By Michael G. Donovan and Therese Turner-Jones
This article first appeared as a Web Exclusive on April 20, 2017 for policy journal Americas Quarterly. Read the original piece here.
The Caribbean is caught in a housing trap. The cost of living is high: building a house in Kingston is three times more expensive than in a typical Latin American city. This has left ten million people in The Bahamas, Barbados, Cuba, Dominican Republic, Guyana, Haiti, Jamaica, St. Lucia, Suriname, and Trinidad and Tobago without a decent roof over their heads. Building adequate housing for this population would cost about $18 billion – a number that only grows as the rising cost of living pushes more people out of the market. Without action, conditions will worsen, as more than 80 percent of the Caribbean population will be living in cities by the year 2050.
This trap does have a way out, however. A study by the Inter-American Development Bank (IDB), The State of Social Housing in Six Caribbean Countries, has looked at successful efforts to tackle the lack of affordable housing across the region. Governments have launched programs to expand social housing, lower mortgage lending costs, and promote disaster-resistant buildings. The Dominican Republic is a case in point: in 1990, close to thirty percent of Dominicans lived in substandard housing; this proportion has decreased to under fifteen percent today.
Despite this progress, much more needs to be done. By looking at what has worked and the gaps that remain, an affordable housing action plan for the Caribbean would contain at least three elements:
First, we need new alliances between financial institutions, housing ministries, and construction firms. A first generation of partnerships created many successful options for the middle class but failed to find solutions for lower income residents. Government alone cannot fill the gap. To incubate new low-cost housing developers, governments need to design attractive packages that reduce the costs of acquiring land and support the development of durable low-cost building materials. The development of new rent-to-own schemes in Barbados and Trinidad & Tobago illustrate the sort of innovative approaches that are needed.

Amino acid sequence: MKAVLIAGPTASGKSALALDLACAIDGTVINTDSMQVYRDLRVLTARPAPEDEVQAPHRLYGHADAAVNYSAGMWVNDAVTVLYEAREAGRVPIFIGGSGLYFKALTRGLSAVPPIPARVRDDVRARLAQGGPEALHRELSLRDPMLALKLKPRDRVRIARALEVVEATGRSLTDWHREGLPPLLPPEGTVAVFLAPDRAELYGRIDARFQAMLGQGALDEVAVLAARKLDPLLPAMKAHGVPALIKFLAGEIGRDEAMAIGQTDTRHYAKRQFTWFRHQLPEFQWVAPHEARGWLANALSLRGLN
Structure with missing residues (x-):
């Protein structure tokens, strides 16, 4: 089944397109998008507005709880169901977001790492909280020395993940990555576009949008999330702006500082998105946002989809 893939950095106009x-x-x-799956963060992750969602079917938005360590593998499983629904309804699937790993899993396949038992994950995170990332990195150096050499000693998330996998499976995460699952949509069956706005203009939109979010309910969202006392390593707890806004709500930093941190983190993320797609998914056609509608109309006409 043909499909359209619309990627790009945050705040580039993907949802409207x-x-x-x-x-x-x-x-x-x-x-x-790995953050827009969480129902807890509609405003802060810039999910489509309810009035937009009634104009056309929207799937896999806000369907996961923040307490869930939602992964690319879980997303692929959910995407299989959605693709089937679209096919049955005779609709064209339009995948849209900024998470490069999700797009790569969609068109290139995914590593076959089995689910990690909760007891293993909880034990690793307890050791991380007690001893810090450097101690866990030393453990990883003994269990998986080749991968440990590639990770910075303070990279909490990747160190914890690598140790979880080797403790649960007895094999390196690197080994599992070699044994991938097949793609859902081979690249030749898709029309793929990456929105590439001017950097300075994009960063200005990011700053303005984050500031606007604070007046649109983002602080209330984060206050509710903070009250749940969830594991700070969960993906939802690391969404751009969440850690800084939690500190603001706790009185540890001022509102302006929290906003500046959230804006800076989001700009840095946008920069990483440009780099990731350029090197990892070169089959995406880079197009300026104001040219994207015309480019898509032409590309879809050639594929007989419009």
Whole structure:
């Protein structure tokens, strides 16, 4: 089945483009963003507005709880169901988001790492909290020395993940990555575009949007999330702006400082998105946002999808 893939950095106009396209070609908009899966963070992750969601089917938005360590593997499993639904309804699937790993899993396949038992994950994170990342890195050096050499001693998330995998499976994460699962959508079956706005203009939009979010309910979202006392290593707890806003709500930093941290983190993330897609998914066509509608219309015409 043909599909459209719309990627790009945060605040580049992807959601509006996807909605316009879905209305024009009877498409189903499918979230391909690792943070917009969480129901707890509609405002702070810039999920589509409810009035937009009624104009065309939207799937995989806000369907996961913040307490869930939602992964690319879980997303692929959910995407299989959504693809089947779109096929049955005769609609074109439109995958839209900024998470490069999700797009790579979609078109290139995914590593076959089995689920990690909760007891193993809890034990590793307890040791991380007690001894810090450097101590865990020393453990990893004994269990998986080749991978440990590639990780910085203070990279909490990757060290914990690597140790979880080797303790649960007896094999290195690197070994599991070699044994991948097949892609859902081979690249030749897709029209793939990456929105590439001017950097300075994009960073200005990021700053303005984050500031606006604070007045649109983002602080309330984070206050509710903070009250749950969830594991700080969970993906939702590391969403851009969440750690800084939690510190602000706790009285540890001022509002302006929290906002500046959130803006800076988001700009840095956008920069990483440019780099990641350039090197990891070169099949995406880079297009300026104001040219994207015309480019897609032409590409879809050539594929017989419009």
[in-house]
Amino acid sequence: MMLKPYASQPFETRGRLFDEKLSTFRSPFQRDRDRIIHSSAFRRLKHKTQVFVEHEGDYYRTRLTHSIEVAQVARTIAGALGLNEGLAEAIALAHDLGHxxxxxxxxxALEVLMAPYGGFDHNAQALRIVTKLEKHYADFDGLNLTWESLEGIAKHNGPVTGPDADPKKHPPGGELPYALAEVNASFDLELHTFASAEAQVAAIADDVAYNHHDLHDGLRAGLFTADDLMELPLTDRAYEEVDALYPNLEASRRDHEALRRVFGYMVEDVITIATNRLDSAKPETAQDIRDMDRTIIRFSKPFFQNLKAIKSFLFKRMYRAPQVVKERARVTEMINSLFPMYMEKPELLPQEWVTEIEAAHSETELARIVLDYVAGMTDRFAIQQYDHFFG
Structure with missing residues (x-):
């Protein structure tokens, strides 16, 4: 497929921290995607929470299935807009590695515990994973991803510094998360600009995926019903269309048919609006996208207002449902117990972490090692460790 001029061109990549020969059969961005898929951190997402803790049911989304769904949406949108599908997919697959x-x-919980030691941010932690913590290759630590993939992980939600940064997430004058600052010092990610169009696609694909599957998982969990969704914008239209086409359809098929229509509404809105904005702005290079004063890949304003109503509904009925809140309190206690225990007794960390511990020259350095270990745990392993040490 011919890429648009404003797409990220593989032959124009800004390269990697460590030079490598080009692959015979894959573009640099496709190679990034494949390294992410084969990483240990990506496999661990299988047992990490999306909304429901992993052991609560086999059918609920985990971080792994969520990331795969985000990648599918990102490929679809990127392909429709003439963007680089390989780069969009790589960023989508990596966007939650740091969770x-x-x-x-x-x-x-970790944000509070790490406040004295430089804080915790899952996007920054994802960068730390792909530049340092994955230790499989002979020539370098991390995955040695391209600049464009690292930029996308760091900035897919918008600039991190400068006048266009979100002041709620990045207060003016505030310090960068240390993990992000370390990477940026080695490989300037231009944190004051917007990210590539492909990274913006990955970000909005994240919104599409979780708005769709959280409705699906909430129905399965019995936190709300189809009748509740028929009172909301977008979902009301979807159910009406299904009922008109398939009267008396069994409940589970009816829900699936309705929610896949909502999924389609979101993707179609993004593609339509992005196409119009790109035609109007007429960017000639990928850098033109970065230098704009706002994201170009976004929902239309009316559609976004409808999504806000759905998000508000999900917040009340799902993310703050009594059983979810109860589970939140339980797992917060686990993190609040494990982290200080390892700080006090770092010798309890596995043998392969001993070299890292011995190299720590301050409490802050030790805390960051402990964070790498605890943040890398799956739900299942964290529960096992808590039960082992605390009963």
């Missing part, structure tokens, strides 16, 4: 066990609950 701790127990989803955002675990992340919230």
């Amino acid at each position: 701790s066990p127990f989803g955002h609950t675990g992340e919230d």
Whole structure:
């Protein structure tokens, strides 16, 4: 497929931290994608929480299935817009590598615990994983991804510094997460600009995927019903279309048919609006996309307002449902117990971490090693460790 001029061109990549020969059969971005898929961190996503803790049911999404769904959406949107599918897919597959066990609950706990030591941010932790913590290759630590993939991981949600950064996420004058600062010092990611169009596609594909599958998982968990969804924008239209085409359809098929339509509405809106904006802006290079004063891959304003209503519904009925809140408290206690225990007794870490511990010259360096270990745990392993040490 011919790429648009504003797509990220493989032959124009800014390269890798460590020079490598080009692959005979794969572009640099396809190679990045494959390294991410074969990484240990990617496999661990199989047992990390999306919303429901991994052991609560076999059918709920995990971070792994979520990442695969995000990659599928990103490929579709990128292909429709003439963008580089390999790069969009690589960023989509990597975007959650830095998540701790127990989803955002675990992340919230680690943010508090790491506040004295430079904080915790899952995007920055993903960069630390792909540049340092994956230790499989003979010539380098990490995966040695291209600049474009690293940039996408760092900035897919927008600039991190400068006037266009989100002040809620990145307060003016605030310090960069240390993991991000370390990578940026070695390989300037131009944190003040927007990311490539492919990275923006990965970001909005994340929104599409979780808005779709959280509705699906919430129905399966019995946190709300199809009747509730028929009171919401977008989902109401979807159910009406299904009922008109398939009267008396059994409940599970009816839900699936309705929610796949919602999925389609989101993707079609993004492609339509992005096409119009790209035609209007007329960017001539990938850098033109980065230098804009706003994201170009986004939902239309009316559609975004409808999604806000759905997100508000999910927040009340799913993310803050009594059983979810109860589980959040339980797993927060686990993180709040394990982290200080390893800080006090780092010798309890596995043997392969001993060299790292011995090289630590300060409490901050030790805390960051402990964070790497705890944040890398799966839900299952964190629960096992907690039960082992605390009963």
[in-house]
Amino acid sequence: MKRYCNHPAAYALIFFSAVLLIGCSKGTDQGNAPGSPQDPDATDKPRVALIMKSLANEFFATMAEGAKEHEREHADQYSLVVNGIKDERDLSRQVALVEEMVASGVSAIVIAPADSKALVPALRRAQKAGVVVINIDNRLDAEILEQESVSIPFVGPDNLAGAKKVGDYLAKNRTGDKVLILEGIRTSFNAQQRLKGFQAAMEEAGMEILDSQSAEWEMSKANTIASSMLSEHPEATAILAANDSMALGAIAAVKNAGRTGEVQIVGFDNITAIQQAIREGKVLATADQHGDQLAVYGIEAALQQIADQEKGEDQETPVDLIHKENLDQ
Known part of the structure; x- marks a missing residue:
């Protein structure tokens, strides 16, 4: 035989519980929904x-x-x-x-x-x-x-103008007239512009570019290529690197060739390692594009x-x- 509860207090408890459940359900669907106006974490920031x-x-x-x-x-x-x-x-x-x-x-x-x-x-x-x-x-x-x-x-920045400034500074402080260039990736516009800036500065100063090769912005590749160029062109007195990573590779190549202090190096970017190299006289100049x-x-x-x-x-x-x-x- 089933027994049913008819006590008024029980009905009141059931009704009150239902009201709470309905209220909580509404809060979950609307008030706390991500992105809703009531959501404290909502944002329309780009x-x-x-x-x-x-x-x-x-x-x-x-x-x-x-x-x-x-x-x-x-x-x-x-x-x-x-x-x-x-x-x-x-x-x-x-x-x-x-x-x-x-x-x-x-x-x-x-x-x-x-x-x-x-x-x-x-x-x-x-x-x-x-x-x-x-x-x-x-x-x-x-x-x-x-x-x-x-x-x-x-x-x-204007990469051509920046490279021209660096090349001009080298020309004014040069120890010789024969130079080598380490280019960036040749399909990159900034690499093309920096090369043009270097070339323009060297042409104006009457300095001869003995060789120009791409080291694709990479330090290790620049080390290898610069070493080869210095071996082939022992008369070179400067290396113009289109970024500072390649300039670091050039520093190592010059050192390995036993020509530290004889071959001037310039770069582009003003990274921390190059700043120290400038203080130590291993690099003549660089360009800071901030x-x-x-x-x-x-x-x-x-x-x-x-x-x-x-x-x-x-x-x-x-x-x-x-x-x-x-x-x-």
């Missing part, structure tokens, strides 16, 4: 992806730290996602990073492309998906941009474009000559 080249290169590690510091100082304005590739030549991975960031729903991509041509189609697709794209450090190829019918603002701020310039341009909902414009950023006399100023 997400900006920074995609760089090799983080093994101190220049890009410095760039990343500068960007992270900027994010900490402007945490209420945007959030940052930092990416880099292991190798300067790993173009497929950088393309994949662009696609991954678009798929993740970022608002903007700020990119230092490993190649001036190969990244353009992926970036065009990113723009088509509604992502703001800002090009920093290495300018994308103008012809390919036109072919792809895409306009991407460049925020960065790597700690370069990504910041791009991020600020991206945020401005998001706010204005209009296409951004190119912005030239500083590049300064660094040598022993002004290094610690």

Second, if we are truly to leave no one behind, we need a new social contract with informal settlements in Caribbean cities. Neighborhood upgrading projects could revitalize the region’s shanty towns, bidonvilles and tugurios through new housing, public spaces, infrastructure, and schools. But these programs will only succeed if they are done in close collaboration with residents and community-based organizations. Governments already acknowledge that low-income families build and renovate their homes at a massive scale in the region. Suriname leveraged this expertise by providing discounted building materials to certified community-based organizations trained in housing construction. This led to the repair and expansion of thousands of homes. Jamaica too is driving down costs using this model, providing free design services that allow social housing residents to both expand their homes and comply with building codes.
Lastly, we must call on governments at all levels to establish and enforce housing policies with explicit targets for affordable housing. Elevating housing policy as a national development priority would revitalize distressed neighborhoods and limit sprawl. Last year, United Nations member states committed to “ensure access for all to adequate, safe and affordable housing” by 2030, as spelled out in the landmark Sustainable Development Goals (SDGs). This is fundamental as Caribbean residents flock to cities in decades to come.
The need for transformative action on this front in the Caribbean is clear and conditions are ripe. It is up to all leaders in government, business, and civil society to galvanize housing and radically improve quality of life in the region.